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Medicare Medicaid Res Rev. 2011 Dec 6;1(4). doi: 10.5600/mmrr.001.04.a03.

Health spending by state of residence, 1991-2009.

Author information

  • 1National Health Statistics Group in Office of Actuary, Centers for Medicare & Medicaid Services, USA. DNHS@cms.hhs.gov

Abstract

OBJECTIVE:

Provide a detailed discussion of baseline health spending by state of residence (per capita personal health care spending, per enrollee Medicare spending, and per enrollee Medicaid spending) in 2009, over the last decade (1998-2009), as well as the differential regional and state impacts of the recent recession.

DATA SOURCE:

State Health Expenditures by State of Residence for 1991-2009, produced by the Centers for Medicare & Medicaid Services' Office of the Actuary.

PRINCIPAL FINDINGS:

In 2009, the 10 states where per capita spending was highest ranged from 13 to 36 percent higher than the national average, and the 10 states where per capita spending was lowest ranged from 8 to 26 percent below the national average. States with the highest per capita spending tended to have older populations and the highest per capita incomes; states with the lowest per capita spending tended to have younger populations, lower per capita incomes, and higher rates of uninsured. Over the last decade, the New England and Mideast regions exhibited the highest per capita personal health care spending, while states in the Southwest and Rocky Mountain regions had the lowest per capita spending. Variation in per enrollee Medicaid spending, however, has consistently been greater than that of total per capita personal health care spending or per enrollee Medicare spending from 1998-2009. The Great Lakes, New England, and Far West regions experienced the largest slowdown in per person health spending growth during the recent recession, largely as a result of higher unemployment rates.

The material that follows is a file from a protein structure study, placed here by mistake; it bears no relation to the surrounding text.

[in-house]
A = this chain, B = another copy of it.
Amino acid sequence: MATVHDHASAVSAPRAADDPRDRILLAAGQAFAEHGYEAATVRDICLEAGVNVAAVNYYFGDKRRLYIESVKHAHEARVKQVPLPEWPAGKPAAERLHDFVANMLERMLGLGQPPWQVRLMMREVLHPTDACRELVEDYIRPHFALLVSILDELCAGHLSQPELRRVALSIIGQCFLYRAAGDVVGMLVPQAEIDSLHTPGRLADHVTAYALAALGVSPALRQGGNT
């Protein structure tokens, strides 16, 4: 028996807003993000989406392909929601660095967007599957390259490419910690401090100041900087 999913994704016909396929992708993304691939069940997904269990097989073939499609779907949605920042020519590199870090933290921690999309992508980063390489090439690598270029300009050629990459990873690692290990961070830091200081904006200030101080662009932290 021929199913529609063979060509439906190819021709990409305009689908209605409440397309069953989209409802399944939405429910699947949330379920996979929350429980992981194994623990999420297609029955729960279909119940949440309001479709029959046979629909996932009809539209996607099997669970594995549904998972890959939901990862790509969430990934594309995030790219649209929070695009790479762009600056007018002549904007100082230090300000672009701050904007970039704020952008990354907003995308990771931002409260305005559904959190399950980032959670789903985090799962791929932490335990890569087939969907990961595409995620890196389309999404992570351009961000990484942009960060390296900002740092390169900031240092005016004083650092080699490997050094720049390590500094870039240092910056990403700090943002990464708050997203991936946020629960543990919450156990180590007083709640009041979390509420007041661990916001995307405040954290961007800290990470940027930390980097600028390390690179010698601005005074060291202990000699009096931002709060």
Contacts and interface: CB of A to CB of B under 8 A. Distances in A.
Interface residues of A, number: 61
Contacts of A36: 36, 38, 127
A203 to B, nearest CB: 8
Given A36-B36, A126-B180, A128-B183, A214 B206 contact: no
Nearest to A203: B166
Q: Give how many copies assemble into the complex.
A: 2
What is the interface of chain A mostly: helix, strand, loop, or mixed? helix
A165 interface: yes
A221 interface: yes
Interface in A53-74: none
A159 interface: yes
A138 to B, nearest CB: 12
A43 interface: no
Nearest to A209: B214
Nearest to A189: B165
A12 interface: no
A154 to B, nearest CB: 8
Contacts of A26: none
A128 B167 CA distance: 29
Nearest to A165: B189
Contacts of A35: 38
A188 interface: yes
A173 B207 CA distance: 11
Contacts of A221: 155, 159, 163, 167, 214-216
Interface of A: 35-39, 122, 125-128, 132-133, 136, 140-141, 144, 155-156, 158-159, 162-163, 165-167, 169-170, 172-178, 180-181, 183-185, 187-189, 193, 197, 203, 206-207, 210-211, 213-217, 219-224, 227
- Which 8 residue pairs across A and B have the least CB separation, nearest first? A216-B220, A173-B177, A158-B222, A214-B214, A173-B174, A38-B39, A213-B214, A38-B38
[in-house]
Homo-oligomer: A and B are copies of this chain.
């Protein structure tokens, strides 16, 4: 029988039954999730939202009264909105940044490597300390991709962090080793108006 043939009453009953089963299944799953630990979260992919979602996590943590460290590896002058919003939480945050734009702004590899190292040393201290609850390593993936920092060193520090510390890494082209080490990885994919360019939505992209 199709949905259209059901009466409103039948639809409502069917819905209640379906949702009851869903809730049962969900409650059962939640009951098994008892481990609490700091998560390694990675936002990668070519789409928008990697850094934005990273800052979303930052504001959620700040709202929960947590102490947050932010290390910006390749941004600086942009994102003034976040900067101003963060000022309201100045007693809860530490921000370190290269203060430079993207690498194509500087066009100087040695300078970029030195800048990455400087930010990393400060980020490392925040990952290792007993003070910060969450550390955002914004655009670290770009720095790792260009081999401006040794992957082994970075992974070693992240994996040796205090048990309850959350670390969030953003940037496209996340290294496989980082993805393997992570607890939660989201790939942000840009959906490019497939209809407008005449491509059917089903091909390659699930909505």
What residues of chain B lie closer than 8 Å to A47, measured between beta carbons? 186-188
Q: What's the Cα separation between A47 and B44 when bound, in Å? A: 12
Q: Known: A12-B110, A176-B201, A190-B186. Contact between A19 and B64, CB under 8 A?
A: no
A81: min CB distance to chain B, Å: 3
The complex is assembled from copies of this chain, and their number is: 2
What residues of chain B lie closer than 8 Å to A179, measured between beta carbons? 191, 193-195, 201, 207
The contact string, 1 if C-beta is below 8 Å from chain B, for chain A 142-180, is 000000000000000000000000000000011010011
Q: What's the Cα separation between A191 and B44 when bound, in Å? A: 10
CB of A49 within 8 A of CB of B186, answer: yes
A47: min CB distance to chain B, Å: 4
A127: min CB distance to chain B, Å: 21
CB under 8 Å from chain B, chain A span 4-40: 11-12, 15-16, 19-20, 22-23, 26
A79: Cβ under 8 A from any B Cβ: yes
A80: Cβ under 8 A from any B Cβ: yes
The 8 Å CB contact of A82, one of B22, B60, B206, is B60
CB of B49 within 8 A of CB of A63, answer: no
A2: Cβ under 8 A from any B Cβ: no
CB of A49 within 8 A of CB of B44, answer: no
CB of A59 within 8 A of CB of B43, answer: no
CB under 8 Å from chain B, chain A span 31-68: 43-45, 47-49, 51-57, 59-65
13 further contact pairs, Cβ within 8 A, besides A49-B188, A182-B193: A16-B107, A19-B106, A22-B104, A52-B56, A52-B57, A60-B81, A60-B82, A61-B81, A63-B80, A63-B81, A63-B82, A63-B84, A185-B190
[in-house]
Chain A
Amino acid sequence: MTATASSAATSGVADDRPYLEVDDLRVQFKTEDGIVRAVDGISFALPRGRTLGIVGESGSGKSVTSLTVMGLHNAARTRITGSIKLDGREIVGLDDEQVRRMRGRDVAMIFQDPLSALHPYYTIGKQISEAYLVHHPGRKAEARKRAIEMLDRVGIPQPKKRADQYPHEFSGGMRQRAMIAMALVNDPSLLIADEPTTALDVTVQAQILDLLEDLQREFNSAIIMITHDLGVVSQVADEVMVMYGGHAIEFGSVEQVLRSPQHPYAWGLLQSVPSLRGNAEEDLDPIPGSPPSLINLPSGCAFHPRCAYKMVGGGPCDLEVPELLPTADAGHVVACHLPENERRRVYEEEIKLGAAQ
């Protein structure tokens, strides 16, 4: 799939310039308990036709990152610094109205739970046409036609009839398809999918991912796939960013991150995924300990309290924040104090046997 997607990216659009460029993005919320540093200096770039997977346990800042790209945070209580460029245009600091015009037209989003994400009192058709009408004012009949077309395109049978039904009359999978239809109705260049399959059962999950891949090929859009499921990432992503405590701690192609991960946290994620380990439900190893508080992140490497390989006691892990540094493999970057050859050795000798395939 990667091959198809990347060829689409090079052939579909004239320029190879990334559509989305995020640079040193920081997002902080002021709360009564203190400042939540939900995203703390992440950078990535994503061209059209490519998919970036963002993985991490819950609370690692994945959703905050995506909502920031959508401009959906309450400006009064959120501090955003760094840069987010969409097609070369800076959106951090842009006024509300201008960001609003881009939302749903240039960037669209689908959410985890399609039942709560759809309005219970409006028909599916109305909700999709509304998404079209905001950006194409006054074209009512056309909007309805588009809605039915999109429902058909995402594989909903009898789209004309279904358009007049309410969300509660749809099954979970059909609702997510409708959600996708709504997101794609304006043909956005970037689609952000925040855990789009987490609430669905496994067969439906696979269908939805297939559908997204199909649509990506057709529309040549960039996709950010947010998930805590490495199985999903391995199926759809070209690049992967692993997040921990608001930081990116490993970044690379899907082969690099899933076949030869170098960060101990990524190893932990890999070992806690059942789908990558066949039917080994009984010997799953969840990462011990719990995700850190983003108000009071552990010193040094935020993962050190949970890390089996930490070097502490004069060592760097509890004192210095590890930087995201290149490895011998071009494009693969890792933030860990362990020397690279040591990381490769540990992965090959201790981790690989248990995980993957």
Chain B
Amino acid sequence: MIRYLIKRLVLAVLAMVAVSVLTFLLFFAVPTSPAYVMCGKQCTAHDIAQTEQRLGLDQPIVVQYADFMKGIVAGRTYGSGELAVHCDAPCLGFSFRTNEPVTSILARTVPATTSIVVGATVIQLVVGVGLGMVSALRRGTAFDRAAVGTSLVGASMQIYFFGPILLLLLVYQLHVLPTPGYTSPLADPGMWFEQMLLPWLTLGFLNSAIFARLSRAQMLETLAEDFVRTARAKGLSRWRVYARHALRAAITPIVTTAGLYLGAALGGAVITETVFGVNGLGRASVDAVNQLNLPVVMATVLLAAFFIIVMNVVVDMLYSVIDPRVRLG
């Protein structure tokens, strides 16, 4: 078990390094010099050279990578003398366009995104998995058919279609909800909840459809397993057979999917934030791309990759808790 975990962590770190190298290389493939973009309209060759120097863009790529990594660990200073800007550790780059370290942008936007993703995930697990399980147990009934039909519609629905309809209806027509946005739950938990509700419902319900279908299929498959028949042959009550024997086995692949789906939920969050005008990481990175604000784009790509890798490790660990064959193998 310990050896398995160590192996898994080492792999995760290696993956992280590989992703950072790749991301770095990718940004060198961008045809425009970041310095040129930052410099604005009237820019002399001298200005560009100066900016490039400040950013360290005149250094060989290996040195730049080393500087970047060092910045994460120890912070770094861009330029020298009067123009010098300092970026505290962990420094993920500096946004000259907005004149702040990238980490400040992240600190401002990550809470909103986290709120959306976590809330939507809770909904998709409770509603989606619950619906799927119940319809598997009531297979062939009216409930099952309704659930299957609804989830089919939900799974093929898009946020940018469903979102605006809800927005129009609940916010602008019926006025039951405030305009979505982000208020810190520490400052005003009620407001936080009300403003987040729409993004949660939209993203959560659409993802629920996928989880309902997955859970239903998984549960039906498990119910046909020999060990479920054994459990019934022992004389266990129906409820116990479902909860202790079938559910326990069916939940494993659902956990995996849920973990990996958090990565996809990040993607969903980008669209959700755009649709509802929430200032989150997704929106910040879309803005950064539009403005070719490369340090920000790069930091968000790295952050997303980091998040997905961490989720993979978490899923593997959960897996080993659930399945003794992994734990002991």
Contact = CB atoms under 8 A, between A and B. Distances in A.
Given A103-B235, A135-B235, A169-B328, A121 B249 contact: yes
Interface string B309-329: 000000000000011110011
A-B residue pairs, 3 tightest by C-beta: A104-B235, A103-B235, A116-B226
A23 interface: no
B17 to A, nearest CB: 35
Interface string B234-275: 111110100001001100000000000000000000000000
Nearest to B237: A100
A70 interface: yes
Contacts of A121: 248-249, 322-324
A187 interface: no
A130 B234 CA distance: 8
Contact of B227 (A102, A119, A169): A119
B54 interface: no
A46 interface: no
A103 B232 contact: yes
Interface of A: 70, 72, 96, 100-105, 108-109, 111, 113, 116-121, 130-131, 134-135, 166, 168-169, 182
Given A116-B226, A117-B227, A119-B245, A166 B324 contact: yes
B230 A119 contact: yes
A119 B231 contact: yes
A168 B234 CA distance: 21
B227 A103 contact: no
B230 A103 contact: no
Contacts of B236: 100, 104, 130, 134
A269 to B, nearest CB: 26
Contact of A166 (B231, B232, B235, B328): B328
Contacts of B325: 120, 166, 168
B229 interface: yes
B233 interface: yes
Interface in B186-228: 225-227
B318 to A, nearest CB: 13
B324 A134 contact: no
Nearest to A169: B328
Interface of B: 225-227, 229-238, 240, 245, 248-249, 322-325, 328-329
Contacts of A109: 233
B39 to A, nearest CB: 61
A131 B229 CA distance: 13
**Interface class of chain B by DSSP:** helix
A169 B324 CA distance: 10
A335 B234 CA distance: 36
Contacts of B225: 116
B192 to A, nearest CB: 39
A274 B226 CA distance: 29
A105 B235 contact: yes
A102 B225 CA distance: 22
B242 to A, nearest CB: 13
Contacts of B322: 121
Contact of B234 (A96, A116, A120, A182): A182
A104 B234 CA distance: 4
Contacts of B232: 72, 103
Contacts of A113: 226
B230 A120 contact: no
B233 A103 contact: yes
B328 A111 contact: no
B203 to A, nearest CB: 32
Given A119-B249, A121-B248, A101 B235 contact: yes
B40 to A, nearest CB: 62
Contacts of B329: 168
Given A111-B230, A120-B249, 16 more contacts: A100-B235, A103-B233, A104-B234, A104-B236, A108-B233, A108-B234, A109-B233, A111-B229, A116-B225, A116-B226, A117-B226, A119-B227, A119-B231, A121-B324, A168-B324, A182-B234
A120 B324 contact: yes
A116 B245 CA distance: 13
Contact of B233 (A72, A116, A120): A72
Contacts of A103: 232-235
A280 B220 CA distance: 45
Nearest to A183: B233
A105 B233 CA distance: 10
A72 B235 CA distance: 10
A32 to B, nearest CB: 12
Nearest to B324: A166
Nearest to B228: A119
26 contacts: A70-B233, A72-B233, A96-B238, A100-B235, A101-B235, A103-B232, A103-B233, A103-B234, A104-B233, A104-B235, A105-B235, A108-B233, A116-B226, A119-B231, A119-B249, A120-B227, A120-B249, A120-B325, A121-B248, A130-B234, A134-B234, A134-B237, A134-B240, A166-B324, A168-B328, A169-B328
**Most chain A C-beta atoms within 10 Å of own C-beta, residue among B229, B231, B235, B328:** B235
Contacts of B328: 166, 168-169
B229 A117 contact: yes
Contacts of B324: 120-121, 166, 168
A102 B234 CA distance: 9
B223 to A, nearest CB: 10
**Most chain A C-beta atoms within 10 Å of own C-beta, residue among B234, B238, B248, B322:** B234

Public Domain.

PMID:
22340779
[PubMed - indexed for MEDLINE]
PMCID:
PMC4010453
Free PMC Article

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